whereas the issue here is just mentioned above that the solution set contains a full-dimensional component (in the real domain). For comparison let's see how it works in the integer domain :

Solve[ x^2 < 2 && Sin[x] < Cos[x], x, Integers]
Reduce[ x^2 < 2 && Sin[x] < Cos[x], x, Integers]

{{x -> -1}, {x -> 0}}
x == -1 || x == 0

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Since version 8, Solve and Reduce share a great deal of code. In fact, by Specifying Method -> Reduce in Solve, Solve will use Reduce behind the scenes to produce an answer. Off the top of my head, the key differences are as follows:

1) Reduce simplifies logical statements, while Solve solves equations. This means that given a logical statement (equations, inequalities or quantified statements), Reduce will attempt to give you an equivalent, but simpler, statement. For equations, these statements can often directly be solutions, but are still expression as logical expressions like x==0. Solve, on the other hand, tries to give you solutions, so it returns a list of replacement rules like x -> 0 which you can substitute back into your equation to verify its correctness.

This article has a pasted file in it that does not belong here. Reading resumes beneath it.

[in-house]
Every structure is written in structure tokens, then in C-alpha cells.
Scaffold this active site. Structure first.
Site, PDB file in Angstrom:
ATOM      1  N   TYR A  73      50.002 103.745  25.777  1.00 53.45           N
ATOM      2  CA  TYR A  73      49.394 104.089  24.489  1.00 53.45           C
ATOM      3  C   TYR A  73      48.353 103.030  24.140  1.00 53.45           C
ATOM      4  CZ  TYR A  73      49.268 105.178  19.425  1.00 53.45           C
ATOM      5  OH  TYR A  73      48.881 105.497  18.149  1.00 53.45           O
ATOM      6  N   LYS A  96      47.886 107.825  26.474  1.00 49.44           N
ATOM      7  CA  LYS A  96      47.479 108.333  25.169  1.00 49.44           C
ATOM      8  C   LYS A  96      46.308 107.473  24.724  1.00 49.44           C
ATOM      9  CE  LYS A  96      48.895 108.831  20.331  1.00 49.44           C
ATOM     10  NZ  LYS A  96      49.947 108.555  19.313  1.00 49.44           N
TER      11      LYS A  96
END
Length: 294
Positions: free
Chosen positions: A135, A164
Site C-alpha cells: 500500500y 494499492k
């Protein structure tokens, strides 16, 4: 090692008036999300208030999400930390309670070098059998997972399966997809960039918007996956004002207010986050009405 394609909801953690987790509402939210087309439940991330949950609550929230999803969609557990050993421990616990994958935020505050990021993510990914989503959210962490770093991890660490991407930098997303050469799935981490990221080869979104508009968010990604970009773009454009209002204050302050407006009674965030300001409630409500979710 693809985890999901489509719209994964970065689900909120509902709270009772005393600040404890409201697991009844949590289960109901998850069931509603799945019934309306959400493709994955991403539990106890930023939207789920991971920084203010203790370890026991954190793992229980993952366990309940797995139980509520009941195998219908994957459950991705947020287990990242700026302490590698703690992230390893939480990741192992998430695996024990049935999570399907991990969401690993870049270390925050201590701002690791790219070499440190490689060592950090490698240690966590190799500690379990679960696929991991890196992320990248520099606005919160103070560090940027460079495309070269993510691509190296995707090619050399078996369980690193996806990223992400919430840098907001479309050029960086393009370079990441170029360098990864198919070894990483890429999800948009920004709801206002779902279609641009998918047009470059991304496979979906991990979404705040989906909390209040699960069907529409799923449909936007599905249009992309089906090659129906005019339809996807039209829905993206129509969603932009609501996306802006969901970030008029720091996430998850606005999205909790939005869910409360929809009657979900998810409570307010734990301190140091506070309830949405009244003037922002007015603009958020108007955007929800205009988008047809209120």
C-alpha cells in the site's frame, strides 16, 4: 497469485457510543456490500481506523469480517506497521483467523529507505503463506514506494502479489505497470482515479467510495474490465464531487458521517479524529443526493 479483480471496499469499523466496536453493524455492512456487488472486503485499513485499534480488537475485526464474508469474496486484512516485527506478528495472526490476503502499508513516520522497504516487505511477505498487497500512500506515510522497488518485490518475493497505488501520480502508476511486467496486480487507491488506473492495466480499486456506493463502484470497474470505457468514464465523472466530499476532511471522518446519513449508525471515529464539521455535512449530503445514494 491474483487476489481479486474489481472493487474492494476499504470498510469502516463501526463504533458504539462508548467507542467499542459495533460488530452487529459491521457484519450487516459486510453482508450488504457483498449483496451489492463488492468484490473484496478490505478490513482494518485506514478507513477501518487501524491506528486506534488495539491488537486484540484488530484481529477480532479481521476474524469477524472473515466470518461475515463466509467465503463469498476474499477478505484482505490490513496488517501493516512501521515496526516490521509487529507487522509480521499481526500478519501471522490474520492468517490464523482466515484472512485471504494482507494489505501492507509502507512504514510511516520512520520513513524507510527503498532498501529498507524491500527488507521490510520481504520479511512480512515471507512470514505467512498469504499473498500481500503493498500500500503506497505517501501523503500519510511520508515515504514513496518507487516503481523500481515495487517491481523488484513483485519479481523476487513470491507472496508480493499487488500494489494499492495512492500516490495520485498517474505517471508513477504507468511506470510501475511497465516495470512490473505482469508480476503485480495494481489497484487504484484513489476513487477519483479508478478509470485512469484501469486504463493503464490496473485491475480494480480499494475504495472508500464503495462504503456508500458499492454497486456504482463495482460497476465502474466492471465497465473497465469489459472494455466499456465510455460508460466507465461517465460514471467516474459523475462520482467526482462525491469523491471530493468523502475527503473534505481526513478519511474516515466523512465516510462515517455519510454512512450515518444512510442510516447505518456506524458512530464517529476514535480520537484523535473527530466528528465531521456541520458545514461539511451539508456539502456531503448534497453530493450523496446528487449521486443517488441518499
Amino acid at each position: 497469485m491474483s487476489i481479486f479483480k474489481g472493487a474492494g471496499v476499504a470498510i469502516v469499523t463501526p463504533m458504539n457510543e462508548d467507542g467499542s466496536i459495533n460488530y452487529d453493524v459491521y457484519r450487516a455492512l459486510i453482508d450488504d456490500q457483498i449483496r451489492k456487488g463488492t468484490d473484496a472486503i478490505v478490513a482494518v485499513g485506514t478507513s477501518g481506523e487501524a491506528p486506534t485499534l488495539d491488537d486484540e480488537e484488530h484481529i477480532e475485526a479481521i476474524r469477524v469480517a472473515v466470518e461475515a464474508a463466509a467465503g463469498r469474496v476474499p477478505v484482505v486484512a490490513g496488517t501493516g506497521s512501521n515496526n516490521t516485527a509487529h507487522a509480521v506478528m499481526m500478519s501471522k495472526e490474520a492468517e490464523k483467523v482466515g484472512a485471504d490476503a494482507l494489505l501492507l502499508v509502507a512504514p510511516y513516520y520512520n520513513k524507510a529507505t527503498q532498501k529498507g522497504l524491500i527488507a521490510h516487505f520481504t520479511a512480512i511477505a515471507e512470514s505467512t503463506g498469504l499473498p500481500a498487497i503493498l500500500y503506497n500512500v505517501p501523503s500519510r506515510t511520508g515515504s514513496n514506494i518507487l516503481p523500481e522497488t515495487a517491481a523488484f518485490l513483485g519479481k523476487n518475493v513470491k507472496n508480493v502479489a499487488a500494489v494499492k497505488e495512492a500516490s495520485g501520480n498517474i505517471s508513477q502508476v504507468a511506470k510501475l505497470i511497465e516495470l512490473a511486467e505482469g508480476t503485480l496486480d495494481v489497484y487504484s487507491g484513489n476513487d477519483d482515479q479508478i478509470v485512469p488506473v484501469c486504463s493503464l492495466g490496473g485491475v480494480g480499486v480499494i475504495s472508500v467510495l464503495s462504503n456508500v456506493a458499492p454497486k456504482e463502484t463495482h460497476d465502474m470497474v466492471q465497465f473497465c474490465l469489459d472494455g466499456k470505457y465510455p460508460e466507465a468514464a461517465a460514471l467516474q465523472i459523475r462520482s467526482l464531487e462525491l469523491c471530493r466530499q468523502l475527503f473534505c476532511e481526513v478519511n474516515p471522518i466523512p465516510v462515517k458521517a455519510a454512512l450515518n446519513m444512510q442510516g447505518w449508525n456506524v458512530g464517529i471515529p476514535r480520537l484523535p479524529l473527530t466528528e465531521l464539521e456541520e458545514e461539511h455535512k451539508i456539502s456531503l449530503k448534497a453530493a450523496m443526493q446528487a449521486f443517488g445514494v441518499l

Simple example: Reduce can deal with the following logical conjunction of inequalities, while Solve cannot.

Reduce[x^2 < 1 && Sin[x] < Cos[x], x]
(* Out: -1 < x < -2 ArcTan[1 - Sqrt[2]] *)


2) By default, Solve will only give you answers which are generically correct, meaning they don't rely on special values of parameters and may not be completely equivalent to the original equations. Reduce, on the other hand, does do any transformations which might cause the logical statement to be changed or solutions missed.

Simple example: Reduce considers the possibility that the parameter a is zero, while Solve does not.

Solve[a*x == 0, x]
(* Out: {{x -> 0}} *)

Reduce[a*x == 0, x]
(* Out: a == 0 || x == 0 *)


3) Solve tends to be less thorough than Reduce in order to return an answer faster (somewhat like Simplify vs. FullSimplify).

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This is a nice answer. Could you please give an example for point 2 on this part: "[...] may not be completely equivalent to the original equations"? – István Zachar Dec 31 '12 at 9:51
@IstvánZachar I added simple examples for both points 1 and 2. Of course, Itai, is free to change or modify those, but I do think some example is helpful. – Mark McClure Dec 31 '12 at 10:06
Thanks @Mark, very helpful! – István Zachar Dec 31 '12 at 11:52
Interestingly, Reduce and Solve work even without variable specification and in this case may return identical answers: Reduce[a*x == 0], Solve[a*x == 0]. – Alexey Popkov Dec 31 '12 at 14:57